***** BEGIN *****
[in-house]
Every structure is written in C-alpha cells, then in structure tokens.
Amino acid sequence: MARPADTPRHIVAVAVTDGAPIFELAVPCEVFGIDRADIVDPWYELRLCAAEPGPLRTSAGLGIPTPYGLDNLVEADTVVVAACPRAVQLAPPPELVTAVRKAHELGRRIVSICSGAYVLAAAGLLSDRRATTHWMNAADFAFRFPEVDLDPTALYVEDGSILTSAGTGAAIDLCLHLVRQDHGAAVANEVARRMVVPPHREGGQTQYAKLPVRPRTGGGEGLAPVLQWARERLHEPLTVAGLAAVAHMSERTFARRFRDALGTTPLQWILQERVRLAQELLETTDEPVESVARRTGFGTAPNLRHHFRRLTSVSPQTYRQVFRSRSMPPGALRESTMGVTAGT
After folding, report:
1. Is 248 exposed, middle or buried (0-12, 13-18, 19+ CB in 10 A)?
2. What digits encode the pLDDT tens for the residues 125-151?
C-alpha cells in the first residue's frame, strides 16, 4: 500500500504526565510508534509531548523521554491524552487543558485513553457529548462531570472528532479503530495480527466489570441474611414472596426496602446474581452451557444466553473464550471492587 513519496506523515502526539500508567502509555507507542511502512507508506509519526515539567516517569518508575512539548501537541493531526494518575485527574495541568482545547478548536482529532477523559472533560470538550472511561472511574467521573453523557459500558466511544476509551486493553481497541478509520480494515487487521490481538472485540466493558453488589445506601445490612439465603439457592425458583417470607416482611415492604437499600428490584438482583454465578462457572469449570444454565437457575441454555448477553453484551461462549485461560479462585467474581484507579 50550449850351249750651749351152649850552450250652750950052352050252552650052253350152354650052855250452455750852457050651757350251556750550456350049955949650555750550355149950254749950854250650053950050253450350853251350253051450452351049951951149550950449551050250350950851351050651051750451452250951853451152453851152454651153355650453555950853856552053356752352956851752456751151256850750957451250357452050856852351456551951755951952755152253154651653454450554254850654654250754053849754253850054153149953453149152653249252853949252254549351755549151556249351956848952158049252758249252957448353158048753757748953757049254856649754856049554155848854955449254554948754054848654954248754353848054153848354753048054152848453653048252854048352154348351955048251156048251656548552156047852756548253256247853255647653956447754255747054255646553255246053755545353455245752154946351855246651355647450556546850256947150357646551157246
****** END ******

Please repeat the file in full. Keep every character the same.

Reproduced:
[in-house]
Every structure is written in C-alpha cells, then in structure tokens.
Amino acid sequence: MARPADTPRHIVAVAVTDGAPIFELAVPCEVFGIDRADIVDPWYELRLCAAEPGPLRTSAGLGIPTPYGLDNLVEADTVVVAACPRAVQLAPPPELVTAVRKAHELGRRIVSICSGAYVLAAAGLLSDRRATTHWMNAADFAFRFPEVDLDPTALYVEDGSILTSAGTGAAIDLCLHLVRQDHGAAVANEVARRMVVPPHREGGQTQYAKLPVRPRTGGGEGLAPVLQWARERLHEPLTVAGLAAVAHMSERTFARRFRDALGTTPLQWILQERVRLAQELLETTDEPVESVARRTGFGTAPNLRHHFRRLTSVSPQTYRQVFRSRSMPPGALRESTMGVTAGT
After folding, report:
1. Is 248 exposed, middle or buried (0-12, 13-18, 19+ CB in 10 A)?
2. What digits encode the pLDDT tens for the residues 125-151?
C-alpha cells in the first residue's frame, strides 16, 4: 500500500504526565510508534509531548523521554491524552487543558485513553457529548462531570472528532479503530495480527466489570441474611414472596426496602446474581452451557444466553473464550471492587 513519496506523515502526539500508567502509555507507542511502512507508506509519526515539567516517569518508575512539548501537541493531526494518575485527574495541568482545547478548536482529532477523559472533560470538550472511561472511574467521573453523557459500558466511544476509551486493553481497541478509520480494515487487521490481538472485540466493558453488589445506601445490612439465603439457592425458583417470607416482611415492604437499600428490584438482583454465578462457572469449570444454565437457575441454555448477553453484551461462549485461560479462585467474581484507579 50550449850351249750651749351152649850552450250652750950052352050252552650052253350152354650052855250452455750852457050651757350251556750550456350049955949650555750550355149950254749950854250650053950050253450350853251350253051450452351049951951149550950449551050250350950851351050651051750451452250951853451152453851152454651153355650453555950853856552053356752352956851752456751151256850750957451250357452050856852351456551951755951952755152253154651653454450554254850654654250754053849754253850054153149953453149152653249252853949252254549351755549151556249351956848952158049252758249252957448353158048753757748953757049254856649754856049554155848854955449254554948754054848654954248754353848054153848354753048054152848453653048252854048352154348351955048251156048251656548552156047852756548253256247853255647653956447754255747054255646553255246053755545353455245752154946351855246651355647450556546850256947150357646551157246